In a world where authoritarian nationalism, illiberal values and practices are rising, it is crucial to understand and analyze the way in which they affect gender relations, policies and women’s status. Women play the roles of cultural transmitters as well as cultural signifiers of the national collectivity; thus gender constructions are vital to the legitimization of nationalist movements. The new nationalisms promote nativism, ethnicism and communitarianism, through mobilizing culture, identity and religious references which are often used to condone women’s secondary status. Gender, especially womanhood, is defined with regards to the nation and nationalism and the existence of a gender identity outside the traditional male or female is denied. Thus a variety of means are used to ensure that gender roles will fall within the “legitimate” boundaries of the collectivity. In this context intersexed individuals have no designated role to play in the nation, which reflects itself in the increasingly masculinist and homophobic discourses of nationalisms.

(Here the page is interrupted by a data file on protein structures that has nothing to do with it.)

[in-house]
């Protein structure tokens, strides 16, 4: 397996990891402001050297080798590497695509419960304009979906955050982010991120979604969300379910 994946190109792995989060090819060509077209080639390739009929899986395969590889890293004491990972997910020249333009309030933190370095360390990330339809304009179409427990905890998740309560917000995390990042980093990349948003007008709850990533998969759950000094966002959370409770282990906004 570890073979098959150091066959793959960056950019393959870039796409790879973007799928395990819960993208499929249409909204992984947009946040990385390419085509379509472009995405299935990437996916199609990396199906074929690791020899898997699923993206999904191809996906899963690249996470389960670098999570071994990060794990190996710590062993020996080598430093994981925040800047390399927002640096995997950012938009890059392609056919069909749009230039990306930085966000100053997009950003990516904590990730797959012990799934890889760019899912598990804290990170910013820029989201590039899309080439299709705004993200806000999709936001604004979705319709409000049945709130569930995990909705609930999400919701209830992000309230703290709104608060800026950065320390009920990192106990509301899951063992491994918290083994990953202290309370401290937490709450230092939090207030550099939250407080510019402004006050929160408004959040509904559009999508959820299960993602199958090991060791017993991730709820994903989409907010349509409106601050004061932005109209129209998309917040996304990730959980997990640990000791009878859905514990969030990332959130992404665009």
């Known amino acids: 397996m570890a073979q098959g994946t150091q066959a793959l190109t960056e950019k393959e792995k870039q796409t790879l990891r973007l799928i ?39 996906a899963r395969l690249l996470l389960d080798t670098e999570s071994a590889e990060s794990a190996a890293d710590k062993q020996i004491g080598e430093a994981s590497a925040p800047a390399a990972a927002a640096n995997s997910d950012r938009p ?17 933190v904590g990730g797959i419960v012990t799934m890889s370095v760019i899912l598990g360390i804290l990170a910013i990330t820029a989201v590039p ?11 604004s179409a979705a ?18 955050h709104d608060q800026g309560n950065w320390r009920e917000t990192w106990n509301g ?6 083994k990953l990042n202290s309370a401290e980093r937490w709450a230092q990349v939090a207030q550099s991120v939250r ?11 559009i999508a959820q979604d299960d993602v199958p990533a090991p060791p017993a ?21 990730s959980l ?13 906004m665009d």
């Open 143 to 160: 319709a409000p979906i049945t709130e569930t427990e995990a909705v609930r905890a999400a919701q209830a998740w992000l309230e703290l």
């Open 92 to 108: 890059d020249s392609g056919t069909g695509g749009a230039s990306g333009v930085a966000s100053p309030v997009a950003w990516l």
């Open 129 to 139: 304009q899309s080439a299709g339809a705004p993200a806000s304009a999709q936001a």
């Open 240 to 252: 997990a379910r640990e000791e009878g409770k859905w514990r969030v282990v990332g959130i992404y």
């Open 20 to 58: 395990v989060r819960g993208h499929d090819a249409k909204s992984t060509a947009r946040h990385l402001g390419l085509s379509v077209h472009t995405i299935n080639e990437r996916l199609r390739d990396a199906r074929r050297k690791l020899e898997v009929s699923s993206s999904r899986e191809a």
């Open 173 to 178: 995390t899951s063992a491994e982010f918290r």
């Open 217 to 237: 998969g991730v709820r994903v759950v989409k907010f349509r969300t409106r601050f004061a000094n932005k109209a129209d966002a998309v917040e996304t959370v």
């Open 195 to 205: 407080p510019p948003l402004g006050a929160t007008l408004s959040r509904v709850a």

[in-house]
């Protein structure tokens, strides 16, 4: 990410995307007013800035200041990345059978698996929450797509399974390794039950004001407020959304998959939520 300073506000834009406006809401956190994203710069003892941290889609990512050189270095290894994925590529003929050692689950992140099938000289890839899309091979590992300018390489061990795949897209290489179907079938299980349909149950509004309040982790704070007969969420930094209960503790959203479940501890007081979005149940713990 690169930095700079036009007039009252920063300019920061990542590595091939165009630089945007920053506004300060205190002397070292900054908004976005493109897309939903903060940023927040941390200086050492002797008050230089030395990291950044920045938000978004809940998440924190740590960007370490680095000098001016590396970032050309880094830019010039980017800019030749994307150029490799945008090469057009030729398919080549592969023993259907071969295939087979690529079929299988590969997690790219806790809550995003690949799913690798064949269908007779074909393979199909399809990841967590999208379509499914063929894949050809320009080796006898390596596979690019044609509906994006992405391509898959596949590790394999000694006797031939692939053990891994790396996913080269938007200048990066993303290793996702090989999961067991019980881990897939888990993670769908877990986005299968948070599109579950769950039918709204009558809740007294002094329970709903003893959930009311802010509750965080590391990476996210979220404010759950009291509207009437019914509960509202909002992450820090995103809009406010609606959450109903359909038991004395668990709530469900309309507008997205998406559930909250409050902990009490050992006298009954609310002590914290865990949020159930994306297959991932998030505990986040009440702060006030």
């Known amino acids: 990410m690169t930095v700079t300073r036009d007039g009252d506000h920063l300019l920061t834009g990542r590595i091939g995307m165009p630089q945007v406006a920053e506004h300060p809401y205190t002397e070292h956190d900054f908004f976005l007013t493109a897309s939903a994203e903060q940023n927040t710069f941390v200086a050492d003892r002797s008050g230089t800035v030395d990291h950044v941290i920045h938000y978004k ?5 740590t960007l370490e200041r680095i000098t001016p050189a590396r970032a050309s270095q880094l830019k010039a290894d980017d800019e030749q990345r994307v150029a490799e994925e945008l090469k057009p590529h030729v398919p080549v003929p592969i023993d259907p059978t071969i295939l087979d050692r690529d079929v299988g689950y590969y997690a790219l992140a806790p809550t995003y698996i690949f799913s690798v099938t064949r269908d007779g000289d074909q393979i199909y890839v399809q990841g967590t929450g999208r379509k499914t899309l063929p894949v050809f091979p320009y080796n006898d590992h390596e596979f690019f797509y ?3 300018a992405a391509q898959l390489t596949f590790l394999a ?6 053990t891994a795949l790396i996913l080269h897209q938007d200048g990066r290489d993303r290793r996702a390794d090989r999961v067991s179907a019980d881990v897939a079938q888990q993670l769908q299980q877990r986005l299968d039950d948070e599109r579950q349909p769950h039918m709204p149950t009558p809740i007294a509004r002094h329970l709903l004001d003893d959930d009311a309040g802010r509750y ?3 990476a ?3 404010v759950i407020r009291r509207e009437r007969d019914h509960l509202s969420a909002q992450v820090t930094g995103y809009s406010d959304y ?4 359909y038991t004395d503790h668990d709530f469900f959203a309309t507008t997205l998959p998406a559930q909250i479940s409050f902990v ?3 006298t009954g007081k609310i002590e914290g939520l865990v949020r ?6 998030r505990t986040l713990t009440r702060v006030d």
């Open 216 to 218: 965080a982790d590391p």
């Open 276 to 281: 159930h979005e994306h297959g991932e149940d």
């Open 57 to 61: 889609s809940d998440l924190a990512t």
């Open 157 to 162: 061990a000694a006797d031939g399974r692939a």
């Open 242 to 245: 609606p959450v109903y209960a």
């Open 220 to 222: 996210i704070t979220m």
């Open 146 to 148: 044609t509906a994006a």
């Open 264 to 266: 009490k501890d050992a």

On the other hand, while there is a strong feminist resistance to the masculinist nationalism in various societies we also witness another trend, the so-called “femonationalism” that instrumentalizes women’s rights in the context of anti-immigration and anti-Muslim discourses.
This session is open to a broad array of issues involving gender and politics ranging from the dualistic nature of women’s citizenship to neo-patriarchal attacks on women’s rights; women and religion to new perspectives on gender sensitive policy-making; the role of legislation on the empowerment of women to feminist theories on masculinity, sexuality and intersectionality.